Social media cookies are set by a range of social media services that we have added to the site to enable you to share our content with your friends and networks. They are capable of tracking your browser across other sites and building up a profile of your interests. This may impact the content and messages you see on other websites you visit. If you do not allow these cookies you may not be able to use or see these sharing tools.

If you want to opt out of all of our lead reports and lists, please submit a privacy request at our Do Not Sell page.

Save Settings
Cookie Preferences Cookie List

Cookie List

A cookie is a small piece of data (text file) that a website – when visited by a user – asks your browser to store on your device in order to remember information about you, such as your language preference or login information. Those cookies are set by us and called first-party cookies. We also use third-party cookies – which are cookies from a domain different than the domain of the website you are visiting – for our advertising and marketing efforts. More specifically, we use cookies and other tracking technologies for the following purposes:

Strictly Necessary Cookies

We do not allow you to opt-out of our certain cookies, as they are necessary to ensure the proper functioning of our website (such as prompting our cookie banner and remembering your privacy choices) and/or to monitor site performance. These cookies are not used in a way that constitutes a “sale” of your data under the CCPA. You can set your browser to block or alert you about these cookies, but some parts of the site will not work as intended if you do so. You can usually find these settings in the Options or Preferences menu of your browser. Visit www.allaboutcookies.org to learn more.

Functional Cookies

We do not allow you to opt-out of our certain cookies, as they are necessary to ensure the proper functioning of our website (such as prompting our cookie banner and remembering your privacy choices) and/or to monitor site performance. These cookies are not used in a way that constitutes a “sale” of your data under the CCPA. You can set your browser to block or alert you about these cookies, but some parts of the site will not work as intended if you do so. You can usually find these settings in the Options or Preferences menu of your browser. Visit www.allaboutcookies.org to learn more.

Performance Cookies

We do not allow you to opt-out of our certain cookies, as they are necessary to ensure the proper functioning of our website (such as prompting our cookie banner and remembering your privacy choices) and/or to monitor site performance. These cookies are not used in a way that constitutes a “sale” of your data under the CCPA. You can set your browser to block or alert you about these cookies, but some parts of the site will not work as intended if you do so. You can usually find these settings in the Options or Preferences menu of your browser. Visit www.allaboutcookies.org to learn more.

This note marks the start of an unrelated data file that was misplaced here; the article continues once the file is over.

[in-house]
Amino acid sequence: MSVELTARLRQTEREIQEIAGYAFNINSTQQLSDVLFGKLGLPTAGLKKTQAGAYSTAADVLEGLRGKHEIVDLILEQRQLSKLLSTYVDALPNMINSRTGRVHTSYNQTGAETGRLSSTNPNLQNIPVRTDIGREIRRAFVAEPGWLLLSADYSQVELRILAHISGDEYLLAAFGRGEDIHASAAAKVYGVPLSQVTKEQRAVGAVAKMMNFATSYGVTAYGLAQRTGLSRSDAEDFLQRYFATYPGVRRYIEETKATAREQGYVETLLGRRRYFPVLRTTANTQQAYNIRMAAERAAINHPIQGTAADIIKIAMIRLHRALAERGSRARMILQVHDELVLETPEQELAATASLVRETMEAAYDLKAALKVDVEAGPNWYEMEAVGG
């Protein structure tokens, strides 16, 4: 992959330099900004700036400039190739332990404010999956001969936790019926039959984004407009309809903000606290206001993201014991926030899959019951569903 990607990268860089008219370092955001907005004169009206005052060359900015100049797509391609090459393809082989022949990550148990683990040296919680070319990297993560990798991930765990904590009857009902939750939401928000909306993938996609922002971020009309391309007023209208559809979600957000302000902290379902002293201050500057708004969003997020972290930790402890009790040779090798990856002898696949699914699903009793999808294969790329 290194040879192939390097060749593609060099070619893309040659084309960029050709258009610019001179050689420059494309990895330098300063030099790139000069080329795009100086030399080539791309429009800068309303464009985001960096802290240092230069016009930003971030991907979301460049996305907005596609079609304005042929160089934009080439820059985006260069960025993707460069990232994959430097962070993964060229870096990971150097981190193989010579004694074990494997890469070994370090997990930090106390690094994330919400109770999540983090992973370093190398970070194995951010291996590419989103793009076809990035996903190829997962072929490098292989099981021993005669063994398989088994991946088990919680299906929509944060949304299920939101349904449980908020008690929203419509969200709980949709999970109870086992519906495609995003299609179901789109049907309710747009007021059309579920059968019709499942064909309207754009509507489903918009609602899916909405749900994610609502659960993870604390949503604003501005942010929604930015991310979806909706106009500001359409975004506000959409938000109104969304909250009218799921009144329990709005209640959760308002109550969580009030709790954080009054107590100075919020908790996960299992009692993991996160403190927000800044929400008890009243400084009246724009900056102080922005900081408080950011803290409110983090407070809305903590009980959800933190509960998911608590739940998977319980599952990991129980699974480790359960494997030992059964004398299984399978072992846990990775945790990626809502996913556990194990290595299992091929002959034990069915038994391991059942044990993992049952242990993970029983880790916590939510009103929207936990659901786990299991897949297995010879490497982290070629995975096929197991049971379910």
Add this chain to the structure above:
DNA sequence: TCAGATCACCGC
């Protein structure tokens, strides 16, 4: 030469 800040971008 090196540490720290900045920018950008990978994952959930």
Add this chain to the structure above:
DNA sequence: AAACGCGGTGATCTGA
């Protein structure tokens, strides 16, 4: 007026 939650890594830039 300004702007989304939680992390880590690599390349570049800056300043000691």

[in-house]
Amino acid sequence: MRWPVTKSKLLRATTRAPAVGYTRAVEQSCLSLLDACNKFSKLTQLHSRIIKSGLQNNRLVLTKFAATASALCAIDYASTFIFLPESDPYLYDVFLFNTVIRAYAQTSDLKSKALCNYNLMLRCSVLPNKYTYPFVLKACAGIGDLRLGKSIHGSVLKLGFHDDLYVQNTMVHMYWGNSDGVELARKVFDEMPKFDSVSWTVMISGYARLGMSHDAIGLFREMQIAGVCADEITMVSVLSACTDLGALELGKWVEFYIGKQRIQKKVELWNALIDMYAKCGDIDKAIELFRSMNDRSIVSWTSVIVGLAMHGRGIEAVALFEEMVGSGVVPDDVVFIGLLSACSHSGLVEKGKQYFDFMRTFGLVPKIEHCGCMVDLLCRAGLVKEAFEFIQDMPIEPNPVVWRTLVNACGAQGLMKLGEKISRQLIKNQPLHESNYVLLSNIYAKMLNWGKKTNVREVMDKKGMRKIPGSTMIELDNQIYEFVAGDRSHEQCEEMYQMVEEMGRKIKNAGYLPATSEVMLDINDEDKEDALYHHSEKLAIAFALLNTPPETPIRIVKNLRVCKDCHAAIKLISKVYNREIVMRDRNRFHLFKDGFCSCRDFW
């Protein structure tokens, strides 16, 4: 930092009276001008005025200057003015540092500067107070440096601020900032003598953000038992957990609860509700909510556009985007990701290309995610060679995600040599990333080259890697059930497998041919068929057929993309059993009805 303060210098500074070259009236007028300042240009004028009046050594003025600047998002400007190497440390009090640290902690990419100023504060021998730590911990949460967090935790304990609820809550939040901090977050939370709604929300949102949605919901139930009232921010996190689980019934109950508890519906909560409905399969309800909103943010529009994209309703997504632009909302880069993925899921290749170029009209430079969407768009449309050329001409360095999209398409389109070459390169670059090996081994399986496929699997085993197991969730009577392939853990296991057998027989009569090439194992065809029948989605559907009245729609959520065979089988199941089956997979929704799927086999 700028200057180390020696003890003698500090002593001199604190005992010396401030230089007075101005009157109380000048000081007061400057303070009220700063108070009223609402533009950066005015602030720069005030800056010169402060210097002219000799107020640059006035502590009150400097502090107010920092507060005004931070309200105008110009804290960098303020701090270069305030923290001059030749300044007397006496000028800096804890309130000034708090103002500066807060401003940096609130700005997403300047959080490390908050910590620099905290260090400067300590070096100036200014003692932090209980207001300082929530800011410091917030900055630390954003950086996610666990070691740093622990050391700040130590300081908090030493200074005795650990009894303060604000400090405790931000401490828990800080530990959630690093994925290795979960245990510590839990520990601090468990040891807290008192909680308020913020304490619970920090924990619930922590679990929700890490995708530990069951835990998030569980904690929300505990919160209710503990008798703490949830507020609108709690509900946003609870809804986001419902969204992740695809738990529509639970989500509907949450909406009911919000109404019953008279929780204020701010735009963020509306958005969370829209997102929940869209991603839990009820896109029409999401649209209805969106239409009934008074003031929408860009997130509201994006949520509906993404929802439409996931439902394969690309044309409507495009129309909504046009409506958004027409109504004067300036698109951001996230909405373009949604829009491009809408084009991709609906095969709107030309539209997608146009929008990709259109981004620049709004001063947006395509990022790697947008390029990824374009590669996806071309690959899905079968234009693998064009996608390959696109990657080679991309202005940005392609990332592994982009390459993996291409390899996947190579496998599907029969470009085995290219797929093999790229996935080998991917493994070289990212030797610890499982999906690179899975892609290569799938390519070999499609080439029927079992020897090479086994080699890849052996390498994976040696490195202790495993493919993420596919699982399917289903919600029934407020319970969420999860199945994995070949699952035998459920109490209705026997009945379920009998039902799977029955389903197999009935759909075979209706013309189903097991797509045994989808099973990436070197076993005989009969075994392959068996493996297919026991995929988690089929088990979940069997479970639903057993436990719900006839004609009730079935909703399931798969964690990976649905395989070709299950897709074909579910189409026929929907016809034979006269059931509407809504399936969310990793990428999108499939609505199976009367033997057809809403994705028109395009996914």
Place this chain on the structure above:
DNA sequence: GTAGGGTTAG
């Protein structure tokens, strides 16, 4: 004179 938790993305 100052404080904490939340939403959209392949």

Sale of Personal Data

We also use cookies to personalize your experience on our websites, including by determining the most relevant content and advertisements to show you, and to monitor site traffic and performance, so that we may improve our websites and your experience. You may opt out of our use of such cookies (and the associated “sale” of your Personal Information) by using this toggle switch. You will still see some advertising, regardless of your selection. Because we do not track you across different devices, browsers and GEMG properties, your selection will take effect only on this browser, this device and this website.

Social Media Cookies

We also use cookies to personalize your experience on our websites, including by determining the most relevant content and advertisements to show you, and to monitor site traffic and performance, so that we may improve our websites and your experience. You may opt out of our use of such cookies (and the associated “sale” of your Personal Information) by using this toggle switch. You will still see some advertising, regardless of your selection. Because we do not track you across different devices, browsers and GEMG properties, your selection will take effect only on this browser, this device and this website.

Targeting Cookies

We also use cookies to personalize your experience on our websites, including by determining the most relevant content and advertisements to show you, and to monitor site traffic and performance, so that we may improve our websites and your experience. You may opt out of our use of such cookies (and the associated “sale” of your Personal Information) by using this toggle switch. You will still see some advertising, regardless of your selection. Because we do not track you across different devices, browsers and GEMG properties, your selection will take effect only on this browser, this device and this website.